14 doctors weighed in:

Is cpap the only treatment for obstructive sleep apnea?

14 doctors weighed in
Dr. Sal Aragona
Dentistry
4 doctors agree

In brief: No

According to 2006 american academy of sleep medicine practice parameters, oral appliances are indicated for use in patients with mild or moderate obstructive sleep apnea who prefer them over CPAP and should be completed by a dentist with advanced training in sleep medicine.

In brief: No

According to 2006 american academy of sleep medicine practice parameters, oral appliances are indicated for use in patients with mild or moderate obstructive sleep apnea who prefer them over CPAP and should be completed by a dentist with advanced training in sleep medicine.
Dr. Sal Aragona
Dr. Sal Aragona
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1 comment
Dr. James Andrea
CPAP is the standard but many people cannot tolerate or when they travel prefer something more portable. A TAP appliance can reposition the mandible to open the airway similar to CPR rescue breathing but any appliance that does this should be used with the knowledge that exercises to restore the normal position are necessary on a daily basis. Just 20 seconds to 2 min.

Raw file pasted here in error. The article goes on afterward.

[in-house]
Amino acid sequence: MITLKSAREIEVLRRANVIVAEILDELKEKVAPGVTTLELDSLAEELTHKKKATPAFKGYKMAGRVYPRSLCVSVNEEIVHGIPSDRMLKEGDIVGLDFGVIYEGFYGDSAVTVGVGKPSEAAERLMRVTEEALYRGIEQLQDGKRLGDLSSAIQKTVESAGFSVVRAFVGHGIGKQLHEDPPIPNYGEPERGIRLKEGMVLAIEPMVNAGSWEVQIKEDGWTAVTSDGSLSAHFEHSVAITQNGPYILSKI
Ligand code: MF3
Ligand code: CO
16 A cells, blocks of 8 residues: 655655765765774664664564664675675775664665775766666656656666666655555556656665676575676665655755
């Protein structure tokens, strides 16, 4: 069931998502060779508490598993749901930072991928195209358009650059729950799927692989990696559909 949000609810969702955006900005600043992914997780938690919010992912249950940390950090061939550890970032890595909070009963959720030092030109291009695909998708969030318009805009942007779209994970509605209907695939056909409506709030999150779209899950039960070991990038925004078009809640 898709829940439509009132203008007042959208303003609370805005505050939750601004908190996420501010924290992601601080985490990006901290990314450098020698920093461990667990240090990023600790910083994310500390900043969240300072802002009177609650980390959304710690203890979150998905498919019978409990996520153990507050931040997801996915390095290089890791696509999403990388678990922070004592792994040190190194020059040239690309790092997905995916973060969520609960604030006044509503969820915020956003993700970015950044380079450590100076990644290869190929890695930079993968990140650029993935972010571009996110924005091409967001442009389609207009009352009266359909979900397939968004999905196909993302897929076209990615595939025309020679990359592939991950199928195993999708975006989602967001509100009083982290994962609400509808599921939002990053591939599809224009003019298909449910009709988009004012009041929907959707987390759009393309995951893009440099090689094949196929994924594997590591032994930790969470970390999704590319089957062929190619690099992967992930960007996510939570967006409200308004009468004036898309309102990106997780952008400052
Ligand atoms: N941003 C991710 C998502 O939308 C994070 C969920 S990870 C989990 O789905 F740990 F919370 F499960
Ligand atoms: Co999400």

Dr. Craig Brown
Internal Medicine - Pulmonology
3 doctors agree

In brief: No

CPAP is the most accepted treatment for sleep apnea.
Some patients benefit from mouth pieces. There is also surgery for sleep apnea but it seems to help for a limited period of time.

In brief: No

CPAP is the most accepted treatment for sleep apnea.
Some patients benefit from mouth pieces. There is also surgery for sleep apnea but it seems to help for a limited period of time.
Dr. Craig Brown
Dr. Craig Brown
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3 comments
Dr. Patrick Melder
Surgery for the right patient can be very effective and can provide long term results.
Dr. James Donley
No. There are generally three options for treatment. A CPAP for many years has the gold standard of treatment. Oral appliances have been available for over 20 years. Surgery is often the treatment of last choice. According to the American Academy of Sleep Medicine, in many cases and oral appliance by the appropriately trained dentist can be the treatment of choice.